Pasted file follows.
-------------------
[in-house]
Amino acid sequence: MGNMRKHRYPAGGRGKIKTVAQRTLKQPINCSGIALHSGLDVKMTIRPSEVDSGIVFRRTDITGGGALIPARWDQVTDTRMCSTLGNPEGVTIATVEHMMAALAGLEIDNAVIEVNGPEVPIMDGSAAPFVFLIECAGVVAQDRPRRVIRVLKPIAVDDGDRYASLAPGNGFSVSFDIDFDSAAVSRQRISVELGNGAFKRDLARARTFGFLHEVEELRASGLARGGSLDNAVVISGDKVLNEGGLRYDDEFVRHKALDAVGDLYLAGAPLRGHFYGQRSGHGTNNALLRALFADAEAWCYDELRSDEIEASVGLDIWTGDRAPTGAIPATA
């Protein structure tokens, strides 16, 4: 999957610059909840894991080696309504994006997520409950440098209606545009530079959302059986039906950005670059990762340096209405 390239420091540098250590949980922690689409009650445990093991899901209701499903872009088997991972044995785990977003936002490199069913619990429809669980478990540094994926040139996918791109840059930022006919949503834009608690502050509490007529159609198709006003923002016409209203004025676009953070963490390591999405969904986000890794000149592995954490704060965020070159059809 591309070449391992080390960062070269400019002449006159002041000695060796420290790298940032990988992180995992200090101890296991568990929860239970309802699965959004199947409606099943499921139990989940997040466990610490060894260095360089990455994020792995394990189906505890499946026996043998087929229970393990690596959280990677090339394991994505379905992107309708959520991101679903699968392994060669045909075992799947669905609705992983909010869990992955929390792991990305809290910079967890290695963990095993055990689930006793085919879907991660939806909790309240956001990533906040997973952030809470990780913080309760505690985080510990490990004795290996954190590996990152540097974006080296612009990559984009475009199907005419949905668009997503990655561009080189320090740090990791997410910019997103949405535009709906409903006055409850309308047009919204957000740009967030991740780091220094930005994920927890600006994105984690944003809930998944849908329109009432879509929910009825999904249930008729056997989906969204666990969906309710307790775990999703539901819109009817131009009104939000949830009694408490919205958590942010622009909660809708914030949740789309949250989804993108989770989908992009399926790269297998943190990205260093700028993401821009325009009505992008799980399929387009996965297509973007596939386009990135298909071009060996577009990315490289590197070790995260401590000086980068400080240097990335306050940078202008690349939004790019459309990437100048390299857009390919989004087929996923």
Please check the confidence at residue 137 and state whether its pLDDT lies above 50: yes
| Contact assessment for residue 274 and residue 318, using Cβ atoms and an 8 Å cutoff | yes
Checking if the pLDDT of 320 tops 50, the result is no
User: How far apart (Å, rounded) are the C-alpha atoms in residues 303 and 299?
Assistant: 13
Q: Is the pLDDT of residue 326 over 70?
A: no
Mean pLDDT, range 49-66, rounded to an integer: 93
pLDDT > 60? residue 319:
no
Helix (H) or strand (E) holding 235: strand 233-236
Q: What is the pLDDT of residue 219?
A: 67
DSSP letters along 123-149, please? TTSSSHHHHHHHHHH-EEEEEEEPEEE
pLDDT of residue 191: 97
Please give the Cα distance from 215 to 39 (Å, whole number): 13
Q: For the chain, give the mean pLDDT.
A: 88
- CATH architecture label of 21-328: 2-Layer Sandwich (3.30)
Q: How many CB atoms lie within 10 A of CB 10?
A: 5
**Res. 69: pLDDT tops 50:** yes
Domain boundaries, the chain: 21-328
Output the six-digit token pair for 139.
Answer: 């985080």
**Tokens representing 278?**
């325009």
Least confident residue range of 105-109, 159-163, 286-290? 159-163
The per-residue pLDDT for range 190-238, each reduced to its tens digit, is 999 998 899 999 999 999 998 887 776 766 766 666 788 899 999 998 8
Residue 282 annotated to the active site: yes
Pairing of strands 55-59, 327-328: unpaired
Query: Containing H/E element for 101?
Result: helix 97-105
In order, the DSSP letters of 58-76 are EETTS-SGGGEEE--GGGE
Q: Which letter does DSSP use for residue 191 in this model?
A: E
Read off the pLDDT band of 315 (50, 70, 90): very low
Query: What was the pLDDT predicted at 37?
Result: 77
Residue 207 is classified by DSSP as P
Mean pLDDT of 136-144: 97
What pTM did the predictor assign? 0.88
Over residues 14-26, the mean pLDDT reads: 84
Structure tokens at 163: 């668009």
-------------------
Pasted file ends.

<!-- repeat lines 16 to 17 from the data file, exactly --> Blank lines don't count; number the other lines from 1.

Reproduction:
A: 67
DSSP letters along 123-149, please? TTSSSHHHHHHHHHH-EEEEEEEPEEE